The immense variety of fish in the world presents quite a challenge to using machinery or tools that process these fish. To illustrate, here are just some examples of the different shapes and bone structures of fish:
It is therefore not possible to use a single machine for all the different
types of fish and all of the different sizes that are processed.
Instead, machinery has mainly been
developed for those specie of fish that are available in large quantities
that justify the cost of development and support mechanised processing.
Also consider which process is required: depending on the specie of fish
and the market into which it is sold, some fish are sold whole, in a fresh
frozen or dried state - in which case the only processing required may be
sorting, gutting, cleaning and packing.
Critical to all fish processing is the hygiene maintained during processing
as well as the speed at which the fish is processed. The moment a fish dies,
it starts decaying - an important element of the decay is the multiplication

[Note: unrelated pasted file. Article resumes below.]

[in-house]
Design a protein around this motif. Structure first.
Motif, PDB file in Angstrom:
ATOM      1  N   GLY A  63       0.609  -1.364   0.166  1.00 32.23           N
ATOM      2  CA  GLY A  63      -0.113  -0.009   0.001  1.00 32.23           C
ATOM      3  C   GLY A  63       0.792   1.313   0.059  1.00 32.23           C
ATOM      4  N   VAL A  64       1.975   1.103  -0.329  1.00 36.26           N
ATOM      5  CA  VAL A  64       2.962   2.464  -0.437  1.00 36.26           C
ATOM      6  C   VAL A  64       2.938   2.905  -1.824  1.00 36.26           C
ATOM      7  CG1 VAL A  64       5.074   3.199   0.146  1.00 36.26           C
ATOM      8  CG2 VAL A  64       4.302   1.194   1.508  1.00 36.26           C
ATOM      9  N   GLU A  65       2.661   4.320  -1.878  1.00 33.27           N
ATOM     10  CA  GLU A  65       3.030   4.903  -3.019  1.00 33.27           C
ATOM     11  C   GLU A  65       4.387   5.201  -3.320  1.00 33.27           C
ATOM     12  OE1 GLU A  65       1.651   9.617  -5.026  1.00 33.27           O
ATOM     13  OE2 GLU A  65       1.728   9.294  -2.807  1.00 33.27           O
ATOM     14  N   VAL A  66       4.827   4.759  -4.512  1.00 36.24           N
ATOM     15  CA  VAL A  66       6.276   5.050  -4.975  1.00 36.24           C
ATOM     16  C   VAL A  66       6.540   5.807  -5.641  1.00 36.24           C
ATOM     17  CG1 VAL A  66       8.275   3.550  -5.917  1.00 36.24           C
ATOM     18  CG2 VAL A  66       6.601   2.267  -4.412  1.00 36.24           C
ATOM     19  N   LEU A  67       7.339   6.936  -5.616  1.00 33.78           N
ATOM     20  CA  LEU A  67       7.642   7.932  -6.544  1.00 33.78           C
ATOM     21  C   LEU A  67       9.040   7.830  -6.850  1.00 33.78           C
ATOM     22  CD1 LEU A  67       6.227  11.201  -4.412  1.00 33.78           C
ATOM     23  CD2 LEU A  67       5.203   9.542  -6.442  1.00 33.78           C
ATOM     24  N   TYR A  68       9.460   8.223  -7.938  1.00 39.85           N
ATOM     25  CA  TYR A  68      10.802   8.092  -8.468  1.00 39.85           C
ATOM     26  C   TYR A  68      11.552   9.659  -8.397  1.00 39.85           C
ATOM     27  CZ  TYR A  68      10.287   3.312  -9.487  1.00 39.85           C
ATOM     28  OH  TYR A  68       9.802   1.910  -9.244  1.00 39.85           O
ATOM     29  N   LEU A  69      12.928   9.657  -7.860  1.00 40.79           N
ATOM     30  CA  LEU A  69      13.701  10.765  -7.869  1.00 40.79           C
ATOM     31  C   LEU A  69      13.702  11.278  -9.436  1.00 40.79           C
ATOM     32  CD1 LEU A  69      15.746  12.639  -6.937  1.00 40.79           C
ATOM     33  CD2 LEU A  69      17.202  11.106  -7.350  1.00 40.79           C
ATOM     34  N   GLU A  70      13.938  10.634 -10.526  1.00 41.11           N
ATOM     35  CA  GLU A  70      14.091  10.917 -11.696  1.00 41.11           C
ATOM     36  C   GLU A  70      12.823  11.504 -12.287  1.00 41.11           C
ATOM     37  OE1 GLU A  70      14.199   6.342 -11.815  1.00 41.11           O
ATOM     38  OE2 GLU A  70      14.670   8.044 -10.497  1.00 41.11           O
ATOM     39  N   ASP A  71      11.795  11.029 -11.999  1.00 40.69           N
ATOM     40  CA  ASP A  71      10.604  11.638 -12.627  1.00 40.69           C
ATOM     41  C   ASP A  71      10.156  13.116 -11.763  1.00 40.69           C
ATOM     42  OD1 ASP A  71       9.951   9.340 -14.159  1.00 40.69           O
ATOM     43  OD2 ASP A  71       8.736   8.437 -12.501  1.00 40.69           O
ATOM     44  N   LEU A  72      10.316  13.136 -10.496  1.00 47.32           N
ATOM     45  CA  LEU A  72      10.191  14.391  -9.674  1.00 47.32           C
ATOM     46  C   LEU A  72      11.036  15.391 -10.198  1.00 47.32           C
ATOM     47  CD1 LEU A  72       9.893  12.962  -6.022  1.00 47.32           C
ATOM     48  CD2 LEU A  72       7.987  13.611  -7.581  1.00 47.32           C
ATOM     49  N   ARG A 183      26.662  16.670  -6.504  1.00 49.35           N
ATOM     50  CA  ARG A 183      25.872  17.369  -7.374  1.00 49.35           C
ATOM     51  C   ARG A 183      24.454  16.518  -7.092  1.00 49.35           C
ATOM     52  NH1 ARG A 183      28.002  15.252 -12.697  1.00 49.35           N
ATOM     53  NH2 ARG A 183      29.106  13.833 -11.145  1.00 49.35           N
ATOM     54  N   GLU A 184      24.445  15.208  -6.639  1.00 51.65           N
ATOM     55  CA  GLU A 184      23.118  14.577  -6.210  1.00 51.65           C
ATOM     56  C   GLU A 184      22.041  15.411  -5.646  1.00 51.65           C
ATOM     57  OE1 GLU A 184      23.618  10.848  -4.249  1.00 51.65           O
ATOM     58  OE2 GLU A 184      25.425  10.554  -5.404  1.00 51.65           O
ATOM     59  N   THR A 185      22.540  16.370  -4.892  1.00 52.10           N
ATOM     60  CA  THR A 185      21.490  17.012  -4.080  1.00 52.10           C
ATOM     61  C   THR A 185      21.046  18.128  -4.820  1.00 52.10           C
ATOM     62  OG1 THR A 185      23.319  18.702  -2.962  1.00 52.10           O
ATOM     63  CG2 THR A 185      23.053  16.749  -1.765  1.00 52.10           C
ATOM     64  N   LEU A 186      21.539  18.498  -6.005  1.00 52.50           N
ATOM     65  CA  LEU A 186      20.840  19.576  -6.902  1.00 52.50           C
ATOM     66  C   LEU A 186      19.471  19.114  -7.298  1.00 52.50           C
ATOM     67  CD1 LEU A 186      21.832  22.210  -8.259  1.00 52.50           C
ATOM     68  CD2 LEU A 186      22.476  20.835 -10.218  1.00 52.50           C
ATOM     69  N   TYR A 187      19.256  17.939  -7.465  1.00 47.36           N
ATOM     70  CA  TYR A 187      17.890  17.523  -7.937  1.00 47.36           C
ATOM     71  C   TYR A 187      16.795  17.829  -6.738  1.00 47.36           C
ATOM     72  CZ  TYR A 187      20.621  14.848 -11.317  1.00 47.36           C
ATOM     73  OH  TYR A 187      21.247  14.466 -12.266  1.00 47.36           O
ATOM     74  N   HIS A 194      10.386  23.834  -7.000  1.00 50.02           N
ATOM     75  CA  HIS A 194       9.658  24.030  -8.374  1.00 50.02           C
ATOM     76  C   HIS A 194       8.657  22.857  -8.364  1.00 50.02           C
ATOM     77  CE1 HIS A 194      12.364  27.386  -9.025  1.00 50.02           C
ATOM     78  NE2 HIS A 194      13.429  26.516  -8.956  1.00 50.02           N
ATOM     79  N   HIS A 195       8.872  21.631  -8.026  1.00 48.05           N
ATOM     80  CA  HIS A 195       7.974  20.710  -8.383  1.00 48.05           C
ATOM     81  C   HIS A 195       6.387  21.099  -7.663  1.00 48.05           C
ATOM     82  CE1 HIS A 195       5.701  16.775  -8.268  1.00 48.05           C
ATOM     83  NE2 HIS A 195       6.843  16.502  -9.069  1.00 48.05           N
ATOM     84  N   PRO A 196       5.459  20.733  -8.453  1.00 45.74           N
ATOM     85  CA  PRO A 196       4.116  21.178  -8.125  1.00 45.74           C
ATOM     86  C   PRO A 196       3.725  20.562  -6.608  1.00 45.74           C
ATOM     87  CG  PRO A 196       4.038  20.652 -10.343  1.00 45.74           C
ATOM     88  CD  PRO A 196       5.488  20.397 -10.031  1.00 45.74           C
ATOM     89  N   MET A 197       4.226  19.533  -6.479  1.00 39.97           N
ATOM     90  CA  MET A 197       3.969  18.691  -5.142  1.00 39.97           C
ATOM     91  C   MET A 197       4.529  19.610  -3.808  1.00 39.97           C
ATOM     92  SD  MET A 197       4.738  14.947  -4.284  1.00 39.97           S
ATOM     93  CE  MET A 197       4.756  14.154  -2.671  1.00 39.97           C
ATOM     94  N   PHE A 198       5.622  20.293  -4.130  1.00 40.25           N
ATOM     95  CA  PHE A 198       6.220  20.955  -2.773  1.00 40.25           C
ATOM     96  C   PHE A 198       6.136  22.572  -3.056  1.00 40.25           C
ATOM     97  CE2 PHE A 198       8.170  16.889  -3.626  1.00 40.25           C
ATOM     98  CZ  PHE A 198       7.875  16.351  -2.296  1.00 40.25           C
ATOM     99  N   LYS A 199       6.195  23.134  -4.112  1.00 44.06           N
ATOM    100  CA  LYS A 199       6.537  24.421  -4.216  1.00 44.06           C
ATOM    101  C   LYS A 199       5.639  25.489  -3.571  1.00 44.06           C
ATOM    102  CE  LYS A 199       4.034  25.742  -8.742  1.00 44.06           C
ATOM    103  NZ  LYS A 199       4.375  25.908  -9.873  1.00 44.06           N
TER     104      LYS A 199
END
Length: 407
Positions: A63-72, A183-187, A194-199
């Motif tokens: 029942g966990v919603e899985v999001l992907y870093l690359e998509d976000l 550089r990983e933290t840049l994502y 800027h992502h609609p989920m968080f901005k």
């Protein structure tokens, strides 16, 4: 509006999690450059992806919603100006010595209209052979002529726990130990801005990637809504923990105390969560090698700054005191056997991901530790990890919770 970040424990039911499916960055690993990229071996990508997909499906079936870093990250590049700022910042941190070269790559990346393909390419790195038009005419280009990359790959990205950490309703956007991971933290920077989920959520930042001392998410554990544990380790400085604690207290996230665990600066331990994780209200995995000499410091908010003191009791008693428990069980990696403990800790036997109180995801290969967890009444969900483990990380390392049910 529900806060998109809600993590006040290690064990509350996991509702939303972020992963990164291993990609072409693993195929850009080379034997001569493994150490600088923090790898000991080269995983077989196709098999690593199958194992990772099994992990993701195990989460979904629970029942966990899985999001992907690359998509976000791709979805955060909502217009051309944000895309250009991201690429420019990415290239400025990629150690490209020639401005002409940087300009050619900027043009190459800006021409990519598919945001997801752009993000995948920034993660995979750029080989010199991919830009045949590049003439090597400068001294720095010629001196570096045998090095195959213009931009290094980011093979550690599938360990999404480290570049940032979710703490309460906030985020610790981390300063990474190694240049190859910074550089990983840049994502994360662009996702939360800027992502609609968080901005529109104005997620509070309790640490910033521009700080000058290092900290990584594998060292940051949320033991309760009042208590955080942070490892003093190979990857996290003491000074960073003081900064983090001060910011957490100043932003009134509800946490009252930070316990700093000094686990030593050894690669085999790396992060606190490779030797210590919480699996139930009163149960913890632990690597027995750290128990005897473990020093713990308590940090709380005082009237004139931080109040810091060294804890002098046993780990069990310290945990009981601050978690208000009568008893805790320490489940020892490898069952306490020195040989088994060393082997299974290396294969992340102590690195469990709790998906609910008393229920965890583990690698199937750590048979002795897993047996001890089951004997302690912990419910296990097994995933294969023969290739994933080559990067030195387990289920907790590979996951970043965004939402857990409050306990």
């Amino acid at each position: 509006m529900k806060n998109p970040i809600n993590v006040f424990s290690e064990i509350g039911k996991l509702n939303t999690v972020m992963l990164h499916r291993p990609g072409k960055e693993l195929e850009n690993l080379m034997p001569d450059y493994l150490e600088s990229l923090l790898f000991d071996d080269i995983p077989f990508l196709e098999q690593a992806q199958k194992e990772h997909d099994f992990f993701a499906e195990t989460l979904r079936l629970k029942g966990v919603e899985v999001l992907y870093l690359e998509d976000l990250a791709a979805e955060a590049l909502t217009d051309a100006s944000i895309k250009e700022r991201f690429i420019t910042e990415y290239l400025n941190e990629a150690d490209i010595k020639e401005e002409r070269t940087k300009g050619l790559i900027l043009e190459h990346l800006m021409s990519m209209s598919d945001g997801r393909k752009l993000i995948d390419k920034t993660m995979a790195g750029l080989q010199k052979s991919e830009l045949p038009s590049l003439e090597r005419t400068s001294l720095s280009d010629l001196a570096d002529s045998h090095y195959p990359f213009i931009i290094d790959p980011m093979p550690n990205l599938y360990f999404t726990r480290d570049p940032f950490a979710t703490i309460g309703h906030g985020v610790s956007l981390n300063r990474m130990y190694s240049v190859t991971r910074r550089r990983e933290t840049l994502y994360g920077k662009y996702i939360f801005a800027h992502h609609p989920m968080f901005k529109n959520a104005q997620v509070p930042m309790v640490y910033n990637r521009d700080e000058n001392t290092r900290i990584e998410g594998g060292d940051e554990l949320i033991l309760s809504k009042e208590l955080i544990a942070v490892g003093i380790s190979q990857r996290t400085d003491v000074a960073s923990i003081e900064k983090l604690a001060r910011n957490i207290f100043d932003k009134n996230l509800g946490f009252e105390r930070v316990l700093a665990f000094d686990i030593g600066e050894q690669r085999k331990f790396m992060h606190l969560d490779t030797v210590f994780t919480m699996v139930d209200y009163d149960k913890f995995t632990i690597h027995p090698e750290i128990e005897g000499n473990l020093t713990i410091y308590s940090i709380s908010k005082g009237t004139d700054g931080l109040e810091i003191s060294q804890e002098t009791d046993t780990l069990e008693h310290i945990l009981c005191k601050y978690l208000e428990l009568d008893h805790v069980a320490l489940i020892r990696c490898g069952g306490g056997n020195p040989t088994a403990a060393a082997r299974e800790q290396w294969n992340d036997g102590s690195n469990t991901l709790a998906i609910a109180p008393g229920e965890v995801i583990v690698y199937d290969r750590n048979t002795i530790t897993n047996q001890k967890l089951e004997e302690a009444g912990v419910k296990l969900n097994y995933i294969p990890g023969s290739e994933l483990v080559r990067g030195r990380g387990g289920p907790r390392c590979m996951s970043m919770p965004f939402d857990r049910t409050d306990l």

of bacteria, which especially poses a threat to human health. We impede this
decay and bacteria build-up by using refrigeration,
hygiene, and high speed
in the processing stages. In terms of speed, machines have a huge advantage
over human manual processing. Humans cannot produce the same (a) consistent
(b) yield at the (c) high speed machines can.
The methods used may also differ amongst models of machines. For example the B052 pulls the skin off the fish meat, whereas a FDS35 uses a band knife in order to slice the skin off the meat. See fish skinning.
Above are some of the considerations when choosing a machine, for others please see 'how to choose a machine'.
The first company to develop a proper fish filleting machine was Baader . To this day Baader remains the world leader in primary fish processing. Over the decades Baader has increased it's portfolio by acquiring other specialists in their field like Trio (freeze drum skinning and pin bone removal), Skaginn 3X (freezing) and AB Seac for high volume small pilchard processing.
Goldmann Engineering specilises in bringing all of the above skills to the fish processing industries of South Africa and other countries of Africa.
Hake headed & gutted (H&G) on ice
Fillets from a B588
Illustrating the skinning of a fillet